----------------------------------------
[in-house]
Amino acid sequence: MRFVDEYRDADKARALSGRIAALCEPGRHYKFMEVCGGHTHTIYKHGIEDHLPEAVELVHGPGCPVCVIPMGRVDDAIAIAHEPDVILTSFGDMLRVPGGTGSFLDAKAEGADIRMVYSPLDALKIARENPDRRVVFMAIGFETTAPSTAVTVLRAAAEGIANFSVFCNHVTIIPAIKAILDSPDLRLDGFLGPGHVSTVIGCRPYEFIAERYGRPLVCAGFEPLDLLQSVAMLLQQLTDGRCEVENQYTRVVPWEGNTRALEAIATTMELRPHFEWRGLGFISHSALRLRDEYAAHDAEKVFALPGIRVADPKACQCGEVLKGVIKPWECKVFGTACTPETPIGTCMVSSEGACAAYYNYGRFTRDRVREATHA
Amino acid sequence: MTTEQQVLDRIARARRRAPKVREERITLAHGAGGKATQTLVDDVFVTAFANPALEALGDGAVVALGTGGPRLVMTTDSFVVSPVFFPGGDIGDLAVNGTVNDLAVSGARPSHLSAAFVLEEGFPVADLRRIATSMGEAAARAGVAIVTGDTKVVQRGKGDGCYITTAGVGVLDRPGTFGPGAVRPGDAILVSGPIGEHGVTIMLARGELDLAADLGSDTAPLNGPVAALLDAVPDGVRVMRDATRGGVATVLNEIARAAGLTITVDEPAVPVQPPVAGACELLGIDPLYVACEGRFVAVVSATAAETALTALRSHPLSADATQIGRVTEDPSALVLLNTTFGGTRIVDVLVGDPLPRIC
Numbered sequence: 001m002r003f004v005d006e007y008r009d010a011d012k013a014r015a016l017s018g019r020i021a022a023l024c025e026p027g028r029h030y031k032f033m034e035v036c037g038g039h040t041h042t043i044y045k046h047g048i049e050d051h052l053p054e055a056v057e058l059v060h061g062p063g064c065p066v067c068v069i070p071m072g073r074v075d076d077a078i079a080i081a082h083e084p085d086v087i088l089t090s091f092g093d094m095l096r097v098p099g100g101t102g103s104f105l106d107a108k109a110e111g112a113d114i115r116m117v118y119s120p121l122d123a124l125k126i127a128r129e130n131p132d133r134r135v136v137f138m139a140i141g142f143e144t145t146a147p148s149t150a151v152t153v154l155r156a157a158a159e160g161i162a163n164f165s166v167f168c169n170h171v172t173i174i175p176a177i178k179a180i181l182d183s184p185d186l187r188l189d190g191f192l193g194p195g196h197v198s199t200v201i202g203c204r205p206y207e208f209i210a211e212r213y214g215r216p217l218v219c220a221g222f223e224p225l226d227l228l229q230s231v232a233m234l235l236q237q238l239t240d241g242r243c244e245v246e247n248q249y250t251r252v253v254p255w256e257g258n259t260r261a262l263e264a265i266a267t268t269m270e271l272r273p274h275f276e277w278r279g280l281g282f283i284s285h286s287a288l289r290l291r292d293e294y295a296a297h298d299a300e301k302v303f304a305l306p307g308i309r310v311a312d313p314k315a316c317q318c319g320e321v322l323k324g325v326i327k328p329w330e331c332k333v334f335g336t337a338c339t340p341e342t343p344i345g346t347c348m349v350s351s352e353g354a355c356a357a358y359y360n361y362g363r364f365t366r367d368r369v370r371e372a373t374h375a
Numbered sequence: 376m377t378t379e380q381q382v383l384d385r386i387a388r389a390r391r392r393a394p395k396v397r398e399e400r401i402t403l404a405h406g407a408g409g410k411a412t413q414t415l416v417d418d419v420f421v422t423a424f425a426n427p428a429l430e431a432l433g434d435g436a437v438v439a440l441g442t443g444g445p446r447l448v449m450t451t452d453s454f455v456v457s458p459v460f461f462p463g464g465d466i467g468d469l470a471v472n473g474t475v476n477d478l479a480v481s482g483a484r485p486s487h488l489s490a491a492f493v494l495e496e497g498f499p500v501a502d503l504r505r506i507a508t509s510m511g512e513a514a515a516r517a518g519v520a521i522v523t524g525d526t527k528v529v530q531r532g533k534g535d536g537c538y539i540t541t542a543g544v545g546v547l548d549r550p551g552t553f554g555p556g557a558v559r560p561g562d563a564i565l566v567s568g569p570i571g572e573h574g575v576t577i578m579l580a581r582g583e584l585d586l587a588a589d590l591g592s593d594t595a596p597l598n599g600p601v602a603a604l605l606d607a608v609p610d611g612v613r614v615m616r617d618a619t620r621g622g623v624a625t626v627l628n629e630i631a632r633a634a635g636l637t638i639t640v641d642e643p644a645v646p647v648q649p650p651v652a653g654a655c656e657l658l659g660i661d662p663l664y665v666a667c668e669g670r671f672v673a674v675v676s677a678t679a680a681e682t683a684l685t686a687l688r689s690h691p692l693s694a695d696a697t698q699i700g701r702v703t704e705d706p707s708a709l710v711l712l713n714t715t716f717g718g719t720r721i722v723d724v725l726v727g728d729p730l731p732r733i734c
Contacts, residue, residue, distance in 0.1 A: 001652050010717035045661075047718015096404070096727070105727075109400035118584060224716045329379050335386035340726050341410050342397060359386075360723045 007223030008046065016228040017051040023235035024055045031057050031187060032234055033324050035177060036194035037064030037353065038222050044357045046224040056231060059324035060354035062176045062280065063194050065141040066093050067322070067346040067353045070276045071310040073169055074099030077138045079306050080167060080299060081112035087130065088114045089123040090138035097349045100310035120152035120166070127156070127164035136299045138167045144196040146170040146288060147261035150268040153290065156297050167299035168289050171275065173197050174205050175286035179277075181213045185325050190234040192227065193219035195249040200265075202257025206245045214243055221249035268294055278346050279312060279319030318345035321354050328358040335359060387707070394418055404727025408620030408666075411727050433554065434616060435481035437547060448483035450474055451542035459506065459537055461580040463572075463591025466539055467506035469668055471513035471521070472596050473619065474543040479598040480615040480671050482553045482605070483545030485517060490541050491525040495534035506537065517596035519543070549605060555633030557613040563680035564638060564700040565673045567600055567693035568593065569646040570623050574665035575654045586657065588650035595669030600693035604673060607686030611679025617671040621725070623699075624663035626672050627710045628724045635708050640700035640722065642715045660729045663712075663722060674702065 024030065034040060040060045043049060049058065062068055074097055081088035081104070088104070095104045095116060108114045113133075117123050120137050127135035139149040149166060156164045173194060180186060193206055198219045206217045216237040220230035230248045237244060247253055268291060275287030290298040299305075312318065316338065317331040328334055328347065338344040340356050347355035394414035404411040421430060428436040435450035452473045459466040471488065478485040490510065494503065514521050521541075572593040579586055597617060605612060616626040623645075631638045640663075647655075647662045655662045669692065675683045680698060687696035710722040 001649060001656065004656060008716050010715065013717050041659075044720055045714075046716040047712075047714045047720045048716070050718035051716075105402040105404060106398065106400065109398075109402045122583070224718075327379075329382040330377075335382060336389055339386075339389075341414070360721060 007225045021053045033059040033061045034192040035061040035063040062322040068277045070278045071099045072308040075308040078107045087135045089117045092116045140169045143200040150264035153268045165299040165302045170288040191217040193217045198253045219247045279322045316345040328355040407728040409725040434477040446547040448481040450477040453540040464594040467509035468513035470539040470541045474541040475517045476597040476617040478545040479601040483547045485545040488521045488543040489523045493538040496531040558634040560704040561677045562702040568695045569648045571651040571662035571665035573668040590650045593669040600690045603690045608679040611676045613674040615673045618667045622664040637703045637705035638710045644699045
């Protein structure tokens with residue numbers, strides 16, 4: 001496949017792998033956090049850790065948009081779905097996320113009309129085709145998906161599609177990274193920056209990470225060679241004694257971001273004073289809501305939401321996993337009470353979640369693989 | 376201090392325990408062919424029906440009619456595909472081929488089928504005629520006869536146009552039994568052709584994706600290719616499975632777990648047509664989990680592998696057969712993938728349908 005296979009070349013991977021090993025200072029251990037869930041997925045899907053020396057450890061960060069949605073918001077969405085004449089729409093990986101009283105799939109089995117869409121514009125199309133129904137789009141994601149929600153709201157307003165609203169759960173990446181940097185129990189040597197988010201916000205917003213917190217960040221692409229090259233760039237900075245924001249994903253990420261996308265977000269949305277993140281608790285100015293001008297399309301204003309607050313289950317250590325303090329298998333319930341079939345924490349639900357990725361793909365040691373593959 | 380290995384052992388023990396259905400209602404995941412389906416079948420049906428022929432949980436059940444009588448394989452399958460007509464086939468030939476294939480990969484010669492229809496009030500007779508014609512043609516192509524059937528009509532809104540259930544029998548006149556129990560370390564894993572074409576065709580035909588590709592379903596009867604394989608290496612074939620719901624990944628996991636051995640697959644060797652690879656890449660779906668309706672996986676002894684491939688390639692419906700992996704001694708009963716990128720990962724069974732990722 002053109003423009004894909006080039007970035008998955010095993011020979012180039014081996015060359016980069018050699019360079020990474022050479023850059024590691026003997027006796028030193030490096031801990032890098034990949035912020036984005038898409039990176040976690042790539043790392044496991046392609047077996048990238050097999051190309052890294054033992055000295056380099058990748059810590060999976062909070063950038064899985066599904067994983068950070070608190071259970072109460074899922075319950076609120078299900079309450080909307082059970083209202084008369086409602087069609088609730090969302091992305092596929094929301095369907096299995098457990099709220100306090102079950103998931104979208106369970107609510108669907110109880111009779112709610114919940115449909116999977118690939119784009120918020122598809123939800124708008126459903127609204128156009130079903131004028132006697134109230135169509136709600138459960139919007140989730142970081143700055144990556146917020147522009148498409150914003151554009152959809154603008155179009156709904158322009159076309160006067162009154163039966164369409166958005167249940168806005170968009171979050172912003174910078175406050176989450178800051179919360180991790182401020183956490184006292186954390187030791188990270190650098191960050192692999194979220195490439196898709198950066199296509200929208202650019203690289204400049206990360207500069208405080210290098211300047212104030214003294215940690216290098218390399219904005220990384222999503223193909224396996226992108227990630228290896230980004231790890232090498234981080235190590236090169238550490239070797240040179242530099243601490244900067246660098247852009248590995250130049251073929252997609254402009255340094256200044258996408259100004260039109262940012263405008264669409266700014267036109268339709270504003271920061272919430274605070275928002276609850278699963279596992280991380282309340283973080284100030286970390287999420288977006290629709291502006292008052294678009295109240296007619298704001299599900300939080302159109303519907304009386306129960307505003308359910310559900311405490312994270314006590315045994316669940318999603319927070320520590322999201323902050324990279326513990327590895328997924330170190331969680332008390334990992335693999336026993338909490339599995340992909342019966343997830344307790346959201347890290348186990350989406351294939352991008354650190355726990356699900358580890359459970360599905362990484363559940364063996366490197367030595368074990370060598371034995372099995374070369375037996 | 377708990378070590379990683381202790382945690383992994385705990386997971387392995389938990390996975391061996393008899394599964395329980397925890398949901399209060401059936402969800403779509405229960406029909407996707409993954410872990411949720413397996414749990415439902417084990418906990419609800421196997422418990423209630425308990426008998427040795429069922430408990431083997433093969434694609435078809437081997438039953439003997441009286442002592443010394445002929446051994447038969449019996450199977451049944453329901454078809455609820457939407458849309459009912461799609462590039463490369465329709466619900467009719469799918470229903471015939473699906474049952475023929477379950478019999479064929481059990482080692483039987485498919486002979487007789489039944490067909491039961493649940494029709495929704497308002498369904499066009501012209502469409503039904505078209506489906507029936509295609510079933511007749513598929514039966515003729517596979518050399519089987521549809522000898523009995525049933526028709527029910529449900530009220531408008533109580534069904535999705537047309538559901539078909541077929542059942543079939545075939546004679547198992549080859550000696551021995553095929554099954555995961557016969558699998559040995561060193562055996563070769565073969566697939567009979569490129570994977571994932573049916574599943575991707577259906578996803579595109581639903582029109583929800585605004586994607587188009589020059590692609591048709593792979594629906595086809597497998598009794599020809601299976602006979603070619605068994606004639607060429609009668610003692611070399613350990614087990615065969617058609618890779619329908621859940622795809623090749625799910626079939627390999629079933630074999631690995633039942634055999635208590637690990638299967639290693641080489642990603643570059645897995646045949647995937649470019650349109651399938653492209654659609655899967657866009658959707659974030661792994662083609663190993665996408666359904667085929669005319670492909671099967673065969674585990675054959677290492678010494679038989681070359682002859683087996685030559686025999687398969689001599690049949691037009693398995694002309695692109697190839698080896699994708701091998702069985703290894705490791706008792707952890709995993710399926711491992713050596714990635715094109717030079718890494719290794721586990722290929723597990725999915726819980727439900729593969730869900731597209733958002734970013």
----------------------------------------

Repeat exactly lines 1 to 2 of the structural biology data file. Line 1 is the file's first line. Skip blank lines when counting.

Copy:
[in-house]
Amino acid sequence: MRFVDEYRDADKARALSGRIAALCEPGRHYKFMEVCGGHTHTIYKHGIEDHLPEAVELVHGPGCPVCVIPMGRVDDAIAIAHEPDVILTSFGDMLRVPGGTGSFLDAKAEGADIRMVYSPLDALKIARENPDRRVVFMAIGFETTAPSTAVTVLRAAAEGIANFSVFCNHVTIIPAIKAILDSPDLRLDGFLGPGHVSTVIGCRPYEFIAERYGRPLVCAGFEPLDLLQSVAMLLQQLTDGRCEVENQYTRVVPWEGNTRALEAIATTMELRPHFEWRGLGFISHSALRLRDEYAAHDAEKVFALPGIRVADPKACQCGEVLKGVIKPWECKVFGTACTPETPIGTCMVSSEGACAAYYNYGRFTRDRVREATHA